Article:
There’s no time like the present to start practicing some self love, and there’s no better way to begin than with your heart!
No matter how healthy you may feel or seem, heart disease can sneak up on you. It’s important to understand the obvious risk factors, and some of the more subtle ones, in order to protect yourself against it.
Americans are at a higher than ever risk of heart-related problems like high cholesterol and blood pressure, which can lead to crises like heart attack, stroke, peripheral arterial disease, or heart disease. An unhealthy heart can lead to other issues as well, like diabetes, kidney, bone and brain issues.
With this in mind, here are a few ways you can start improving your heart health.
1. Visit Your Doctor
The first step you should take to improve your heart health is towards your doctor’s office. Your doctor is the best source of expert information you have. There’s only so much you can find on the internet, and without your medical history and charts, its relevance will never match that of your doctor’s. With your doctor, you can address risk factors and work to mitigate them healthily in ways you’ll be able to maintain. Tri-City Medical Center even has an institute dedicated to heart health, with specialists who can help prevent and treat heart disease early on.
2. Revamp Your Diet
They don’t say “you are what you eat” for nothing. Diet can play a major role in your heart health. Over 34% of Americans are obese, and even more are overweight. Weight is a recognized risk factor when it comes to heart disease, so reaching and maintaining a healthy weight is one of the best ways to improve your heart health. Even losing just 10% of your body weight can impact your blood pressure. A healthy diet isn’t just about weight though: make sure to include heart healthy foods like fruits, vegetables, whole grains, and high quality protein, while reducing your intake of processed foods, saturated and trans fats, and salt.
3. Get Active
Along with diet, exercise is an effective way to reduce your weight and improve your heart health. Experts recommend getting at least 30 minutes of exercise a day to reap the rewards. Try and incorporate activities you’ll enjoy to maintain momentum, or work exercise around everyday activities, like walking to get your errands or parking further away from the office. Regardless of your activity level, recent research shows that being sedentary for extended period of time has risks, so try and break up your down time by standing and moving around throughout the day. Bonus: exercise helps prevent and/or improve other health conditions too!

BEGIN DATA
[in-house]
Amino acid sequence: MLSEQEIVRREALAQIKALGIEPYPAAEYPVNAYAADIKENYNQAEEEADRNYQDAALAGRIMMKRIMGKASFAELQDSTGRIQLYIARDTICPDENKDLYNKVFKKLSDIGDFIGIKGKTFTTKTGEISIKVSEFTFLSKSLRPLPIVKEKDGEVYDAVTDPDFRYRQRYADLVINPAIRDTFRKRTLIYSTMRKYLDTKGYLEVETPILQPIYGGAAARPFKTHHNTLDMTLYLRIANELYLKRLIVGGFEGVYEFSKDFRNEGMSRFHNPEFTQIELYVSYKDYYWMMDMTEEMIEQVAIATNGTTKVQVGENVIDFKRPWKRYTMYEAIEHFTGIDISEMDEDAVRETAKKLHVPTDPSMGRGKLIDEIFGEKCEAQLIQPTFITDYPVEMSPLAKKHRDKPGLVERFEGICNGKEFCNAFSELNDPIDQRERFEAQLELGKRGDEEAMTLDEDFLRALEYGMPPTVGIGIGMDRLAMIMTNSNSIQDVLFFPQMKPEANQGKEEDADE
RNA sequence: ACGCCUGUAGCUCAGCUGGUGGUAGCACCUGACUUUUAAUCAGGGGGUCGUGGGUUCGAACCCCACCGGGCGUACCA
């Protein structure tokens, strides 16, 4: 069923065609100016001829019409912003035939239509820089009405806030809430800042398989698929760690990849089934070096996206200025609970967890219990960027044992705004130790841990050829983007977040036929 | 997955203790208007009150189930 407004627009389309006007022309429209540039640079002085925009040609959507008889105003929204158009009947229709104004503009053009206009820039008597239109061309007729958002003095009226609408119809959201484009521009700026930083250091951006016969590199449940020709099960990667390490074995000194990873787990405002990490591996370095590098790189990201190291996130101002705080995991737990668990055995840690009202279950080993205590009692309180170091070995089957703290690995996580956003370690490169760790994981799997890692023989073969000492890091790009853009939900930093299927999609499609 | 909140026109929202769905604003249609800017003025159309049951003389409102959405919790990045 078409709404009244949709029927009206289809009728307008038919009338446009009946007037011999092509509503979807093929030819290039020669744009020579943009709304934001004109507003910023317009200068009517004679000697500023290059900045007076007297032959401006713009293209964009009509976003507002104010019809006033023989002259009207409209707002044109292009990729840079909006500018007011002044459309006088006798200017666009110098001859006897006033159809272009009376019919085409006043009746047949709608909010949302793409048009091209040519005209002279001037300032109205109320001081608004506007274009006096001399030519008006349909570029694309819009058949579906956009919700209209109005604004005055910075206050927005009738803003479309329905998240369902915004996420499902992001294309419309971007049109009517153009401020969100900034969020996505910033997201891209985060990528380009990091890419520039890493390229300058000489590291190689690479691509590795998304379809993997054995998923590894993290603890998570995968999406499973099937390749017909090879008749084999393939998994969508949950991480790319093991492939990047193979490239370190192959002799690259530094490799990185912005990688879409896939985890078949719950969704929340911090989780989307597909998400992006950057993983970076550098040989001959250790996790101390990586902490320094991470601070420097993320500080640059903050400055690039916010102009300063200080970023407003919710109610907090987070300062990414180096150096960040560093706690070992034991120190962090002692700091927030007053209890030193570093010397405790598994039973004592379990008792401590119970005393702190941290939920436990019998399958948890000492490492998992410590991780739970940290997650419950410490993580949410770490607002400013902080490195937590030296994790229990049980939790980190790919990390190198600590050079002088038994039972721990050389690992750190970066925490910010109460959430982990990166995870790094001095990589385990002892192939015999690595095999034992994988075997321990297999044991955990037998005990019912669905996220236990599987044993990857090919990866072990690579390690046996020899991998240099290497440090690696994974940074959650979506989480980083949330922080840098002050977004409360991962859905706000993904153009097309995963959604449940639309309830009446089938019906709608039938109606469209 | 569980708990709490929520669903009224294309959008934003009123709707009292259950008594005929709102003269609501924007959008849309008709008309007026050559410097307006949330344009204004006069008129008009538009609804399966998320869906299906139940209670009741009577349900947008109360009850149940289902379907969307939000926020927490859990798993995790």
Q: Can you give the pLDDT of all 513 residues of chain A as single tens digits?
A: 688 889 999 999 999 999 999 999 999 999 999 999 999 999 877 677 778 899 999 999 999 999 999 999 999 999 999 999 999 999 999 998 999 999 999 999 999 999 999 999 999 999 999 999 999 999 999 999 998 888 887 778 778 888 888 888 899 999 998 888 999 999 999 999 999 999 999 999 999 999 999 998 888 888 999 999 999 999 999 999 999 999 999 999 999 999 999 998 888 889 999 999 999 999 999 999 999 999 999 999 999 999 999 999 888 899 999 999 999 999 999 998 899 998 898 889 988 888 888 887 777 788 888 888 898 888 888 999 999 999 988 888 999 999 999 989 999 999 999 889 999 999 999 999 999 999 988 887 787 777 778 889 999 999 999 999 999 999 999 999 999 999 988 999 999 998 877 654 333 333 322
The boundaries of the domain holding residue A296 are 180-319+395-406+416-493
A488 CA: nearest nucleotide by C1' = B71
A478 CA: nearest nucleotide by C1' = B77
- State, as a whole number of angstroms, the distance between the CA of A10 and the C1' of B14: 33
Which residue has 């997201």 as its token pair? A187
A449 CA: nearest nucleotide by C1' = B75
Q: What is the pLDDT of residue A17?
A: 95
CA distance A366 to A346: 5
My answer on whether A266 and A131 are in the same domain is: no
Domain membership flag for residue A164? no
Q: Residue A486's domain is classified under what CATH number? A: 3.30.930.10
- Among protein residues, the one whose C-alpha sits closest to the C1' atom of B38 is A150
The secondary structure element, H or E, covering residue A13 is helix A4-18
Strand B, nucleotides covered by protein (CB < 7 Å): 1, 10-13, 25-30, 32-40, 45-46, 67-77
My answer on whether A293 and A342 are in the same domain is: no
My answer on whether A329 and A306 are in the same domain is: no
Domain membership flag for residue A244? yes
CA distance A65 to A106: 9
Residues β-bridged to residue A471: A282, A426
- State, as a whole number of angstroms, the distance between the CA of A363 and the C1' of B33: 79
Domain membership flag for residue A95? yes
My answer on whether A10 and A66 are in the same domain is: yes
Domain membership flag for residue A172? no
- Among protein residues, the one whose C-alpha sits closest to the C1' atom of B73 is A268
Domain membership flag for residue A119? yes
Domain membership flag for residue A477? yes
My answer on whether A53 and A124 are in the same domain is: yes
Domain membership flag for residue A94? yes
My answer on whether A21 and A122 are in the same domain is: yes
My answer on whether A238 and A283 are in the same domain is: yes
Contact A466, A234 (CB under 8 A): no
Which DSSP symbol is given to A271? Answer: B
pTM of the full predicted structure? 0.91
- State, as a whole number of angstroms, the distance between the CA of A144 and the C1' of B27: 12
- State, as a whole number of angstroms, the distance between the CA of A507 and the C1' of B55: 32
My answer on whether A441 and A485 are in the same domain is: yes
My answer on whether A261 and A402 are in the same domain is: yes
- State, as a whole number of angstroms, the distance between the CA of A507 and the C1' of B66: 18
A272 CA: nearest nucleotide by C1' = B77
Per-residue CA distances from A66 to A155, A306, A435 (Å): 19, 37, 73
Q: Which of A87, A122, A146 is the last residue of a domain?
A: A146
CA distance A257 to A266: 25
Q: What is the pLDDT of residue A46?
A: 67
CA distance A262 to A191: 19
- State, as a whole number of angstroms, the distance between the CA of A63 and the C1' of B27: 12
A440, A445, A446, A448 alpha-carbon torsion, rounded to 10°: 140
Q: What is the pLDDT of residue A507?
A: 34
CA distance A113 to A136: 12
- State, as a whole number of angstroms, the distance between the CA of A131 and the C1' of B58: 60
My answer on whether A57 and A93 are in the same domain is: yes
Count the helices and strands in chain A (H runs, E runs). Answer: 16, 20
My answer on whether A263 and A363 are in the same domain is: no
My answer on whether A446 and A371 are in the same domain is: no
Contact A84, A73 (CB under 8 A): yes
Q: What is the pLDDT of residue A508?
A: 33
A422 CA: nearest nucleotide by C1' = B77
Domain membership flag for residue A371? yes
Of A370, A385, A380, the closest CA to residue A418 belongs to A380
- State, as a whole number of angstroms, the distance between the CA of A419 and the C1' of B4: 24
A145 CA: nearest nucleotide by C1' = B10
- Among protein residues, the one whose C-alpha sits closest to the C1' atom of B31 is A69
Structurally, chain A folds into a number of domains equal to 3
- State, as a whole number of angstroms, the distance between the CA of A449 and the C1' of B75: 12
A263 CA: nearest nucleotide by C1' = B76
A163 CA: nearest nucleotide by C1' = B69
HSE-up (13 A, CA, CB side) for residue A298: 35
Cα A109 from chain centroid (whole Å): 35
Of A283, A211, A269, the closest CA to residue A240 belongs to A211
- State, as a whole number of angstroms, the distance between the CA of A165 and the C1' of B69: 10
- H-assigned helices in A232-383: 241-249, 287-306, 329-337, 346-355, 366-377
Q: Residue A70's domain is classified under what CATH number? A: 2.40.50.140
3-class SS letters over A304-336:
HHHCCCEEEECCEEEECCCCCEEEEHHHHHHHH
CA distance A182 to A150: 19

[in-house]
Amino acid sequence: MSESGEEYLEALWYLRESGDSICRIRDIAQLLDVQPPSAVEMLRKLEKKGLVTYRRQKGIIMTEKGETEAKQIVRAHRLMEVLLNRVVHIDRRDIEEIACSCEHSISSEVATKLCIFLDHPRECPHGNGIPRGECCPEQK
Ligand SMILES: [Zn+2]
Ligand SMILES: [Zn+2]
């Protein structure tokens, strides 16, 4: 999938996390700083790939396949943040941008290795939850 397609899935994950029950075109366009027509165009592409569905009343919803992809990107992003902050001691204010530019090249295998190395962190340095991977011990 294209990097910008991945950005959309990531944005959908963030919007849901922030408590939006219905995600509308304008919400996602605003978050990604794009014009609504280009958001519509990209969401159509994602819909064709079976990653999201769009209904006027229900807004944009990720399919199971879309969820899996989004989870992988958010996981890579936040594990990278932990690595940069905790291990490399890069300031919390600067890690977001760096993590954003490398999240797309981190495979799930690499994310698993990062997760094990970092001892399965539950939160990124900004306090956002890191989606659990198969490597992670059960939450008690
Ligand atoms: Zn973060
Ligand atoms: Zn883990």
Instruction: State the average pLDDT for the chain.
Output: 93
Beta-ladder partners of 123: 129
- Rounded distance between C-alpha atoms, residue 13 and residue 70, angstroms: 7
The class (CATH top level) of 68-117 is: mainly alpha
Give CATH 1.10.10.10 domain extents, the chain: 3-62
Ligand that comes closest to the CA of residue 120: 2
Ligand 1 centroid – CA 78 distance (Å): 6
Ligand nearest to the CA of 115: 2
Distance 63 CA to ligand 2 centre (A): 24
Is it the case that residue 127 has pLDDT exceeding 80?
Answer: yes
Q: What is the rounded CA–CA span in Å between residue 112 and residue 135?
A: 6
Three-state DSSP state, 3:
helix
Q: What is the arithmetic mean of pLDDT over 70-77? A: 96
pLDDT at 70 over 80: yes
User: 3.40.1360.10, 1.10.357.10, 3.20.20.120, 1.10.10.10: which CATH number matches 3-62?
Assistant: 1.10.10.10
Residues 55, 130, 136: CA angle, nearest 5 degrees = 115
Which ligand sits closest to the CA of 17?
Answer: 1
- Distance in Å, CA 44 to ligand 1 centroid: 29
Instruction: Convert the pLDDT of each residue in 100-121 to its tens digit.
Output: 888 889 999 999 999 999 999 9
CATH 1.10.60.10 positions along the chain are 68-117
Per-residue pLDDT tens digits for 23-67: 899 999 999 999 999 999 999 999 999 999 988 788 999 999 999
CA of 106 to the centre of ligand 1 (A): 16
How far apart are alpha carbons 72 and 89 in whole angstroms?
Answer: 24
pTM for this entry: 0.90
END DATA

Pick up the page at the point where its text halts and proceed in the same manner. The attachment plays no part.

4. Moderate Drinking and Stop Smoking
There’s nothing like good clean fun to improve your heart health. Even if you’re not a heavy drinker or smoker, these are two of the riskiest things you can indulge it when it comes to your heart. Having more than two drinks a day for men or one a day for women takes a relaxing routine into dangerous habit territory. On the other hand, smoking is worth cutting out completely, once and for all. Smoking is as bad for your heart as it is your lungs, and secondhand smoke is no different. The chemicals in cigarettes promote plaque buildup in your arteries. Talk to your doctor about how to quit today.
5. Clean Your Teeth
It may not seem like your teeth and heart have much in common, but don’t be fooled. When doctors started realizing people with gum disease were more likely to have heart disease, and vice versa, they concluded there were similar risk factors for both conditions. The science? Bacteria involved in gum disease can travel into your bloodstream and cause inflammation. The best way to tackle this is by practicing good oral hygiene: brush and floss your teeth regularly, and make sure you pay attention to those gums.
Your heart health is determined by a number of factors: your age, weight, genetics, diet, environment… Some of these factors are beyond your control, but many of them are within it. There are clear, simple things you can do to improve your heart health, so don’t waste time, talk to your doctor about the differences you can make.